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We notice that $1=1^2$ ,$1+3=4=2^2$,$1+3+5=9=3^2$,$1+3+5+7=16=4^2$ How we can generalize this and give a proof?Any ideas?

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  • $\begingroup$ How about using a simple induction? $\endgroup$ – Hamed Nov 22 '15 at 21:32
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I have a fondness for this result as I discovered it myself in junior high.

My method was. Let $x = \sum_{i = 1}^n 2i - 1$. So $2x = \sum_{i = 1}^n 2i - 1 + \sum_{i=1}^n 2(n-i) + 1 = \sum_{i=1}^n [2i - 1 + 2n - 2i + 1] = \sum_{i=1}^n [2n ]=n * 2n = 2n^2$.

I was so proud of myself!

Then 40!!! years later I realize for the very first time that:

$(n + 1)^2 = n^2 + 2n + 1$ which means $(n+1)^2 - n^2 = 2n + 1$... this is the n-th odd number! So every n+1 the perfect square is the nth odd number larger than the nth perfet square, and by induction every perfect square is the sum of the consecutive odd numbers.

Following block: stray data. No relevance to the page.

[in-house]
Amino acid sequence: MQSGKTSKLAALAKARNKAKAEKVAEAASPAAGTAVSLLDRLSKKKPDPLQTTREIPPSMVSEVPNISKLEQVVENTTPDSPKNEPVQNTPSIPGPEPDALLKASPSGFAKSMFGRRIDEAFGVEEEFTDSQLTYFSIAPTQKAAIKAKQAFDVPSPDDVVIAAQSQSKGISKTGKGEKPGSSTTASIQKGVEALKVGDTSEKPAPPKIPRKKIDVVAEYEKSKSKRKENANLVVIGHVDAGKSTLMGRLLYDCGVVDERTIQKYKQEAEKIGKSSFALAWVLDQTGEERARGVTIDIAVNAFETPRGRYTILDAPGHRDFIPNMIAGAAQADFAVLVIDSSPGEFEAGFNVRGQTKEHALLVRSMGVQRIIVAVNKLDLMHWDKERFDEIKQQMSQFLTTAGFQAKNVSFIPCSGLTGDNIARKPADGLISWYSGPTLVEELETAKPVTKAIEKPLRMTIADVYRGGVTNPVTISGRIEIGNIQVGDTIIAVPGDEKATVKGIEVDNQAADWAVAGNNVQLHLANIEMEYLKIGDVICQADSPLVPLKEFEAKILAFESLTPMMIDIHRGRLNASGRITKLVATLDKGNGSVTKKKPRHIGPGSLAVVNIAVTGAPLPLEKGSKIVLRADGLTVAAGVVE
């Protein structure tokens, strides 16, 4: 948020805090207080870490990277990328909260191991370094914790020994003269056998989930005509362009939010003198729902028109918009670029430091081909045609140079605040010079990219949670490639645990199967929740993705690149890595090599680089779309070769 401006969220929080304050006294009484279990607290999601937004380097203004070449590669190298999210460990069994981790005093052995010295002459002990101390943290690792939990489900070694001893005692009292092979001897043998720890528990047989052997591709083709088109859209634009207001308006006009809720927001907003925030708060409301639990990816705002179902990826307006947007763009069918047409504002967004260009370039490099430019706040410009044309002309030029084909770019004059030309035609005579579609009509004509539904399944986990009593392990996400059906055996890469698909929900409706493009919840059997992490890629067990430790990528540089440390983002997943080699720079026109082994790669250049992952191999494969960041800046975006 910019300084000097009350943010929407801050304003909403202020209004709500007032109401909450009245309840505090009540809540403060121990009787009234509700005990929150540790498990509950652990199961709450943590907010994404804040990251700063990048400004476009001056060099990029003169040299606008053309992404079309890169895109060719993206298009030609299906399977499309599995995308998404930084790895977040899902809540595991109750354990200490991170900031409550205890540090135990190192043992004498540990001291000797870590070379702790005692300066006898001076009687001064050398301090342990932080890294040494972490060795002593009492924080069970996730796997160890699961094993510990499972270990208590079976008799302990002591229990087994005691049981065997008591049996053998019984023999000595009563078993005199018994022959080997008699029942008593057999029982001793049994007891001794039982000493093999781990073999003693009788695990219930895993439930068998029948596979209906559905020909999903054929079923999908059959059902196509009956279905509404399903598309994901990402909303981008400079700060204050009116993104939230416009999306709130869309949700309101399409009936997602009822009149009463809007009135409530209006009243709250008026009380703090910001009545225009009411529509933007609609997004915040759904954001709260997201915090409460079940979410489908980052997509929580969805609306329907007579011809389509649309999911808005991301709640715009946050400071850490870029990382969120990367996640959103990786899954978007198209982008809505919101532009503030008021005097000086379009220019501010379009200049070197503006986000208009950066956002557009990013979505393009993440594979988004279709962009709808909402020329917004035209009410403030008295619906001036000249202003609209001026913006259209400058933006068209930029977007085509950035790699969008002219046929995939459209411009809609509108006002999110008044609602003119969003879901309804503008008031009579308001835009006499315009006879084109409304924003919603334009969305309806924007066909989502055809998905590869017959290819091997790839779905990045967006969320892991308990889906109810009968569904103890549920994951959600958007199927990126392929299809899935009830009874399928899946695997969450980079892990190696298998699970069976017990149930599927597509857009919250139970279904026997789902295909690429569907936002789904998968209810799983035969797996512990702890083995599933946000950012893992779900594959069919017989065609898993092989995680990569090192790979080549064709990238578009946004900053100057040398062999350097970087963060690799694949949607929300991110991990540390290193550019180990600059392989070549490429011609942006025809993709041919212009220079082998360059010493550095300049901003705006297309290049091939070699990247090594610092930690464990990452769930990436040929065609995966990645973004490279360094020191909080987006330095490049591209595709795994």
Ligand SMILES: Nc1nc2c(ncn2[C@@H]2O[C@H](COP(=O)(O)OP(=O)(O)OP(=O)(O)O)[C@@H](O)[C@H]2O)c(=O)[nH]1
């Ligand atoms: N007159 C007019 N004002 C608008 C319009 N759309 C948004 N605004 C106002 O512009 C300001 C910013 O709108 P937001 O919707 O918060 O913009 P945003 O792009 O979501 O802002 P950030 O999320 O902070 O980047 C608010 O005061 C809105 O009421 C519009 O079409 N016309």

I had never noticed that before!

It was a dope slap 40 years in the making!

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HINT: the difference between consecutive squares is $$(x+1)^2-x^2=(x^2+2x+1)-x^2=2x+1...$$

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$$S_n=1+3+5+...+(2n-1)+(2n-3)+(2n-5)\\S_n=(2n-1)+(2n-3)+(2n-5)+...+3+2+1$$ sum of them is $2s_n$ $$2s_n=(1+2n-1)+(3+2n-3)+(5+2n-5)+...+(2n-3+3)+(2n-1+1)=\\(2n)+(2n)+...+(2n)$$ $n$ terms,so $$ 2s_n=(1+2n-1)+(3+2n-3)+(5+2n-5)+...+(2n-3+3)+(2n-1+1)=\\(2n)+(2n)+...+(2n)=2n \times n\\2s_n=2n^2\\s_n=n^2$$ another approach is visual proof :enter image description here

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HINT: Consider how many elements are in each sum and what their average value will be. For example, 1+3 has 2 elements with an average of 2.

See if you can figure it out with that.

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